Halo: Reach Scribblings

Halo: Reach

I’ve never been a big Halo supporter. Throughout the years, though, I felt like my arguments against the franchise had grown thinner and thinner simply due to lack of interest and real, hard analysis, even though I have played every entry, with the exception of ODST (Halo Wars being my favorite). So, with Reach, I decided to first try my best to adore the final Bungie-developed Halo title, and failing that, determine what exactly my reasons for disliking the franchise are. What grew from this plan?

Halo: Reach scribblings. GO!


so-so shooting that thinks it’s high-quality shooting:

poor perspective and scale, with guns that dominate the field of view

speaking of zoom, the game is missing important controls like sprint and a consistent hold-to-zoom function. the controller not customizable enough

unsatifying weaponry, with poor sound and “feel”

even on normal difficulty… maybe even easy, killing enemies is the fps equivalent of grinding. shield system makes combat flow like a pile of rocks. killing enemies requires too many shots.

poor indication of damage inflicted on enemies. the visceral feeling of combat is not present. adrenaline, maybe, but not the visceral feeling of the kill.

enemies do not respond visibly to fire, something that has been successfully implemented in other fps since at least 1997 (Goldeneye 007). the sparks/glow of enemy shields is distracting and incredibly disengaging due to its nonauthentic look. looks bad and wrong and ridiculous and unbelieveable.

on numerous occasions, the game fails to clearly outline/define the player’s next objective or point to his next destination. lack of direction in a game that feels so obviously linear puts the game at odds with itself and conveys confused design.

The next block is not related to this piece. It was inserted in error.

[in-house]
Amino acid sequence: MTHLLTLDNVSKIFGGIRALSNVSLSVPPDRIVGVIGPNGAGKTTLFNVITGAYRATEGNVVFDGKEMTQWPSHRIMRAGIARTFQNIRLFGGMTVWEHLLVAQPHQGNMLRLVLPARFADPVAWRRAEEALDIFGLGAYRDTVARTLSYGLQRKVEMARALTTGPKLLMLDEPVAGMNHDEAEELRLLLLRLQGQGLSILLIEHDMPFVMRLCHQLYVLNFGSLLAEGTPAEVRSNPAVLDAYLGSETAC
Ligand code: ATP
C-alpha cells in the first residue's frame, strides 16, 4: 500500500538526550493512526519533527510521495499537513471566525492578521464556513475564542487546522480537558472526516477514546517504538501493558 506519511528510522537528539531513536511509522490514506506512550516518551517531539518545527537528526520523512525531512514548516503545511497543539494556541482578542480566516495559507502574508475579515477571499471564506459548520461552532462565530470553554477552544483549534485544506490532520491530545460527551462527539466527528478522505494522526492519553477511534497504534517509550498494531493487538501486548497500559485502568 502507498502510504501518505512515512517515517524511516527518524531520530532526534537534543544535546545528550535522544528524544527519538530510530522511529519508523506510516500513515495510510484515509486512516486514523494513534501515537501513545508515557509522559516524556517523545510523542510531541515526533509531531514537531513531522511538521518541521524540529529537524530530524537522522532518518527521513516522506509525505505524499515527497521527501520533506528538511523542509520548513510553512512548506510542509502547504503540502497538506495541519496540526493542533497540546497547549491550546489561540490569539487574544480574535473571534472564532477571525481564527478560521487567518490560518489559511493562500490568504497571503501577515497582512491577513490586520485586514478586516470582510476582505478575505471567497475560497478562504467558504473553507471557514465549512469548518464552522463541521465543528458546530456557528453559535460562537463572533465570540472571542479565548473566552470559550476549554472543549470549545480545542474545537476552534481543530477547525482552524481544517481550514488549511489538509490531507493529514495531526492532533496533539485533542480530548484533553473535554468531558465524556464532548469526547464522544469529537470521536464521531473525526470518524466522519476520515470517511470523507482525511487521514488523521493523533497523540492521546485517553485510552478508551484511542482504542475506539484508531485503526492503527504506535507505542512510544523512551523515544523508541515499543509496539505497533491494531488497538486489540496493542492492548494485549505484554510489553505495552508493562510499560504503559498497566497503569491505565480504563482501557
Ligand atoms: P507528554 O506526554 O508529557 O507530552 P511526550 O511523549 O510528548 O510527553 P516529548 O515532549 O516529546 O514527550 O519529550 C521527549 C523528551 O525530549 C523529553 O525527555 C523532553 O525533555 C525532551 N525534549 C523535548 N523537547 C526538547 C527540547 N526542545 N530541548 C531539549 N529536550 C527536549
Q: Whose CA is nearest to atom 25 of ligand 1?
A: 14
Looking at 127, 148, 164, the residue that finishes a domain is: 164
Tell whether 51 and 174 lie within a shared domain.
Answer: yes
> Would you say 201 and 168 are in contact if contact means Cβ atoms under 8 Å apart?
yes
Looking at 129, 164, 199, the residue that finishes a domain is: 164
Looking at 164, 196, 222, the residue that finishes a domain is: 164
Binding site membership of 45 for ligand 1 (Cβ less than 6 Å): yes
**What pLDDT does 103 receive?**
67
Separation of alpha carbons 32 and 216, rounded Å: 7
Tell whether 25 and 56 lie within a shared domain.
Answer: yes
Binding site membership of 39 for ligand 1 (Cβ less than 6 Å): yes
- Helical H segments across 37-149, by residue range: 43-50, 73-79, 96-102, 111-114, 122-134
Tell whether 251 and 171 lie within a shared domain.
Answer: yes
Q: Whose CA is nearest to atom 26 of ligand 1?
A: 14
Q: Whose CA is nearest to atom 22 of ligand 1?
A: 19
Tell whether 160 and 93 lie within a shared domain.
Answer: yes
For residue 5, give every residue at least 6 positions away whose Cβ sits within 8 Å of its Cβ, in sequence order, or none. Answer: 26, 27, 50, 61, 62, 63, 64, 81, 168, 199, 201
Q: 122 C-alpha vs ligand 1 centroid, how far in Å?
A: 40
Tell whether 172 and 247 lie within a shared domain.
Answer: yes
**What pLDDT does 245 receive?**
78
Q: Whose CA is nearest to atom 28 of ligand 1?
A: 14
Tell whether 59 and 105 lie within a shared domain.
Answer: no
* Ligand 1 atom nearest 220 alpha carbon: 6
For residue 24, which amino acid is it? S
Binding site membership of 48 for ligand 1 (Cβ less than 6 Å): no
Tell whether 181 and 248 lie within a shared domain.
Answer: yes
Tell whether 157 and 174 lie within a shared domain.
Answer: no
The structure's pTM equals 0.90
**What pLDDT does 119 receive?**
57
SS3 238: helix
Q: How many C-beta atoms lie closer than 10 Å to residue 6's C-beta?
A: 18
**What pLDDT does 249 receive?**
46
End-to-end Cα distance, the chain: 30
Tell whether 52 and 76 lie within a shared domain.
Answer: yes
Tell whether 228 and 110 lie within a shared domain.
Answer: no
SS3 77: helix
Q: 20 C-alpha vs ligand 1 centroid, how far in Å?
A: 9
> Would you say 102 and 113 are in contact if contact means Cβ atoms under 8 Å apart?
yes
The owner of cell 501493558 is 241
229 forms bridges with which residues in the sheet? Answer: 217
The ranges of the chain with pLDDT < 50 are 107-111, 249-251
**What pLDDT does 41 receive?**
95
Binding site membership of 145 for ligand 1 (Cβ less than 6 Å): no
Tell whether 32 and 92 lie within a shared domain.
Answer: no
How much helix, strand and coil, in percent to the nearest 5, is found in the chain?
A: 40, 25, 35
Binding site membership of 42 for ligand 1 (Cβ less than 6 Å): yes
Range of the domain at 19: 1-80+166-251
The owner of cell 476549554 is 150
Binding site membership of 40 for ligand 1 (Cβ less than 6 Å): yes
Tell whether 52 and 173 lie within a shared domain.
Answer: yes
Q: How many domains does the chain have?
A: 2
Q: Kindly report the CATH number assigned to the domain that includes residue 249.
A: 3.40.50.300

however, the game does an excellent job of setting up high-action scenarios that allow for memorable war moments. as stated before, it’s not without excitement.

transitions with air transport and other moments of revoked control and forced spectatorship give players a sense of scale regarding the planetary predicament and narrative, as well as respite from the action. one of the few parts of the game that feels real, because the normal play is so ridiculous and unbelieveable.

Covenant character design is laughable at best, and always has been. it’s terrible and inappropriate for a game that tries so desperately (yet fails) to present a serious narrative. might as well replace the enemies with different colored balloons to shoot at
combat AI is damn good. evasive. pursue player via varying routes. genuinely don’t want to be hit. require work and solid tactics to defeat on higher difficulty levels.

too many driving segments. could fix the controls there, too. in co-op however, it’s likely to be fun, regardless.

it’s just a style all its own: the Halo game. like the new-age arena shooter, a la Quake. not my style.


While I didn’t mind playing Reach, it’s certainly not an experience I’d ever be happy to pay for.

Reach is like a drama-queen game: good at causing a scene, but says very little worth listening to.

I just can’t justify rating a game based on the quality of my play companions instead of the quality of the game itself.


  • Facebook
  • Twitter
  • Myspace
  • Google Buzz
  • Reddit
  • Stumnleupon
  • Delicious
  • Digg
  • Technorati
Author: Eddie Inzauto View all posts by
Eddie has been writing about games on the interwebz for over ten years. You can find him Editor-in-Chiefing around these parts, or talking nonsense on Twitter @eddieinzauto.

Leave A Response

You must be logged in to post a comment.